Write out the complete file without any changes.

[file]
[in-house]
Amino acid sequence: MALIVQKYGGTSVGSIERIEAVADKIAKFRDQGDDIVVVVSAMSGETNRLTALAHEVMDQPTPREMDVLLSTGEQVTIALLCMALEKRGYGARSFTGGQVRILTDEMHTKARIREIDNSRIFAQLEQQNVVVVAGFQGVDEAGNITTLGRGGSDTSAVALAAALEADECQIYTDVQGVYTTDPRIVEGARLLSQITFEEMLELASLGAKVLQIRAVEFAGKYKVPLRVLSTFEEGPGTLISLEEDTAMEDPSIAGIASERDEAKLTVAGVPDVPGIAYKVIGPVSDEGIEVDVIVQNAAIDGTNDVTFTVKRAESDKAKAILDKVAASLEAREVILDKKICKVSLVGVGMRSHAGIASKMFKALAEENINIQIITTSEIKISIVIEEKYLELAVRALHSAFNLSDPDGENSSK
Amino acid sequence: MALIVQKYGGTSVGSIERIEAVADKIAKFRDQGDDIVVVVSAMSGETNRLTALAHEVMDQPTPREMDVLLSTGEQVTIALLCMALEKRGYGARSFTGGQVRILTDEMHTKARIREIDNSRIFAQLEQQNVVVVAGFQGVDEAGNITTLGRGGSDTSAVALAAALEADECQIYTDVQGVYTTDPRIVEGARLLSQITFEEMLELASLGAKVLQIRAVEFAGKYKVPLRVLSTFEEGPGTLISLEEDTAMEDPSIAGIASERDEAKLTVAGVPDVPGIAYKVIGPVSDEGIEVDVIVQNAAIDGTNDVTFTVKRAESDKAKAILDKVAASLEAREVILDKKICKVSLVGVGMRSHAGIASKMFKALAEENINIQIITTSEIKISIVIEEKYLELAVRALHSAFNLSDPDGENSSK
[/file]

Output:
[in-house]
Amino acid sequence: MALIVQKYGGTSVGSIERIEAVADKIAKFRDQGDDIVVVVSAMSGETNRLTALAHEVMDQPTPREMDVLLSTGEQVTIALLCMALEKRGYGARSFTGGQVRILTDEMHTKARIREIDNSRIFAQLEQQNVVVVAGFQGVDEAGNITTLGRGGSDTSAVALAAALEADECQIYTDVQGVYTTDPRIVEGARLLSQITFEEMLELASLGAKVLQIRAVEFAGKYKVPLRVLSTFEEGPGTLISLEEDTAMEDPSIAGIASERDEAKLTVAGVPDVPGIAYKVIGPVSDEGIEVDVIVQNAAIDGTNDVTFTVKRAESDKAKAILDKVAASLEAREVILDKKICKVSLVGVGMRSHAGIASKMFKALAEENINIQIITTSEIKISIVIEEKYLELAVRALHSAFNLSDPDGENSSK
Amino acid sequence: MALIVQKYGGTSVGSIERIEAVADKIAKFRDQGDDIVVVVSAMSGETNRLTALAHEVMDQPTPREMDVLLSTGEQVTIALLCMALEKRGYGARSFTGGQVRILTDEMHTKARIREIDNSRIFAQLEQQNVVVVAGFQGVDEAGNITTLGRGGSDTSAVALAAALEADECQIYTDVQGVYTTDPRIVEGARLLSQITFEEMLELASLGAKVLQIRAVEFAGKYKVPLRVLSTFEEGPGTLISLEEDTAMEDPSIAGIASERDEAKLTVAGVPDVPGIAYKVIGPVSDEGIEVDVIVQNAAIDGTNDVTFTVKRAESDKAKAILDKVAASLEAREVILDKKICKVSLVGVGMRSHAGIASKMFKALAEENINIQIITTSEIKISIVIEEKYLELAVRALHSAFNLSDPDGENSSK